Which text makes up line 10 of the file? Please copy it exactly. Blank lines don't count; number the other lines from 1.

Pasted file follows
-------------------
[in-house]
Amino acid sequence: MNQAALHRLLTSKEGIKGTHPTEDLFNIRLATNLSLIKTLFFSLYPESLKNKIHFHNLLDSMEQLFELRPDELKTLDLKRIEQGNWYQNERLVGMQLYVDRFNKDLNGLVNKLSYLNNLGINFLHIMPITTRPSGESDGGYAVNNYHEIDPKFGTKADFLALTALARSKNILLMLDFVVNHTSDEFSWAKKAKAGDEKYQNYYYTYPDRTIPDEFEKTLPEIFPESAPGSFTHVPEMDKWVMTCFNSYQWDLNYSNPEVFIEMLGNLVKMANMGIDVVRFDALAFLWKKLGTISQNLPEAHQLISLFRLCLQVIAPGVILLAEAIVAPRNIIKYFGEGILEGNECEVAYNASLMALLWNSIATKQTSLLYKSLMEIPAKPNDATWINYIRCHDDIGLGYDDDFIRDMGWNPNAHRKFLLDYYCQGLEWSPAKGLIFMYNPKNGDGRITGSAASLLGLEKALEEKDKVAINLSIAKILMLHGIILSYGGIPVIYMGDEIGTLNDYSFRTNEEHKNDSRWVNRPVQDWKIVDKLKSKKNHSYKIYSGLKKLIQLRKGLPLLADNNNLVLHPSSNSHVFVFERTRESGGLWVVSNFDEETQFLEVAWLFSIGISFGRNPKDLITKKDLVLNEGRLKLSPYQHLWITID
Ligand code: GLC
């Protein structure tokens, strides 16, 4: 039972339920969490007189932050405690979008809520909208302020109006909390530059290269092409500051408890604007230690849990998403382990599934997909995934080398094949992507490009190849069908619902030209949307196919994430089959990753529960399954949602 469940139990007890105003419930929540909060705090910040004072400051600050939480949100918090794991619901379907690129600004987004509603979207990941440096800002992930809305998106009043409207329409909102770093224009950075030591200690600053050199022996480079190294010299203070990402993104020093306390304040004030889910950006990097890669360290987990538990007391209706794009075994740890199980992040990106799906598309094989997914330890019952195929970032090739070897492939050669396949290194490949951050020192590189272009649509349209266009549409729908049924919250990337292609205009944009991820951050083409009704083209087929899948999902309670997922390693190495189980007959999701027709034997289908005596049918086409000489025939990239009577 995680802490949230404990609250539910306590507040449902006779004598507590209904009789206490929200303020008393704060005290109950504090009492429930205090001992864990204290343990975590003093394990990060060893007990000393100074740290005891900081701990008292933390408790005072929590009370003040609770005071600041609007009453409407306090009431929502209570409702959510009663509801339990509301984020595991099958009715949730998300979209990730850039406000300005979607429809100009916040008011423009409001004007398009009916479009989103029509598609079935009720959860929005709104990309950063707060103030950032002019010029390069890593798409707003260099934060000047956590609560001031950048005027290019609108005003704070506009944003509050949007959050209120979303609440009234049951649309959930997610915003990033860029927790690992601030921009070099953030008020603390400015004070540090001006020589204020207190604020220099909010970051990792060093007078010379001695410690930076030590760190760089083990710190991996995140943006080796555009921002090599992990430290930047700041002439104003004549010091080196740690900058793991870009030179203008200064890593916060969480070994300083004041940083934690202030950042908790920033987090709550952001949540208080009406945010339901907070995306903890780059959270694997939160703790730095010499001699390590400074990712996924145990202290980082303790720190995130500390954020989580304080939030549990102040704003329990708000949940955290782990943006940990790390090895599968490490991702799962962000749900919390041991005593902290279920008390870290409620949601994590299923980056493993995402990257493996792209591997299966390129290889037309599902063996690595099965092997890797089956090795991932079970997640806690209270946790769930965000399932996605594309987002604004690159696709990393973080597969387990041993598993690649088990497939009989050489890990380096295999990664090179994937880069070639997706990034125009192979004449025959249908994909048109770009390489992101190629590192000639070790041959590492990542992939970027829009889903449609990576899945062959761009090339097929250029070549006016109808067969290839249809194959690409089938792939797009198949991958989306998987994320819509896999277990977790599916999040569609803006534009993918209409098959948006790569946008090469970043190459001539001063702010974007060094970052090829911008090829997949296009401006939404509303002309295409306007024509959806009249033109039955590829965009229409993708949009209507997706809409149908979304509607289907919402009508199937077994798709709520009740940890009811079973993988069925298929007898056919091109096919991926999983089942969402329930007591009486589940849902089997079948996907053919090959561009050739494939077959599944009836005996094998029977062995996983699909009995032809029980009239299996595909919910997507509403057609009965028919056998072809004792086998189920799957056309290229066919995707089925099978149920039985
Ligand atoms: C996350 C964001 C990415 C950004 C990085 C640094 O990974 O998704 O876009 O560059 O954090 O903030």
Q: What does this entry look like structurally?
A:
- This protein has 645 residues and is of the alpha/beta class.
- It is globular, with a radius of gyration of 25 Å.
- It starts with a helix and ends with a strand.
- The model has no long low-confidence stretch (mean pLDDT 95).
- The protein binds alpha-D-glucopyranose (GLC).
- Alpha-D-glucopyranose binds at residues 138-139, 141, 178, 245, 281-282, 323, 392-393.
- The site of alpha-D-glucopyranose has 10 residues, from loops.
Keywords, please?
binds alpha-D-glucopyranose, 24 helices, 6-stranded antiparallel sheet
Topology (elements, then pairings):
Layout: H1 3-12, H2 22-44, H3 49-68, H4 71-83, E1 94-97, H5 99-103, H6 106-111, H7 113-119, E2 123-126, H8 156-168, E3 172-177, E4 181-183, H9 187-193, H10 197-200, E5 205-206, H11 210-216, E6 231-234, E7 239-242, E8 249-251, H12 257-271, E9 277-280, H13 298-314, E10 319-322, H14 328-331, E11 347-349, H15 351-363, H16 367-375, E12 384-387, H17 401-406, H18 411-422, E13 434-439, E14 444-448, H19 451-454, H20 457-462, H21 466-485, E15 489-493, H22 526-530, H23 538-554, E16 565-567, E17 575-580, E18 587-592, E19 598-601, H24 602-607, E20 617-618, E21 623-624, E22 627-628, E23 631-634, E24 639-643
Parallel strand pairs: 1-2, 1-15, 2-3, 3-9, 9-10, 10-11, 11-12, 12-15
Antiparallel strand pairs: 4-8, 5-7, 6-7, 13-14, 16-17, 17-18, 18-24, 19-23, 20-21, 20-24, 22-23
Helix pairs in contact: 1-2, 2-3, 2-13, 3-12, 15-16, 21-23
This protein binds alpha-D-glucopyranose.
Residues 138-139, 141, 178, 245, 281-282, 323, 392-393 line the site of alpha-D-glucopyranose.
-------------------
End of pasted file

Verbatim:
- It starts with a helix and ends with a strand.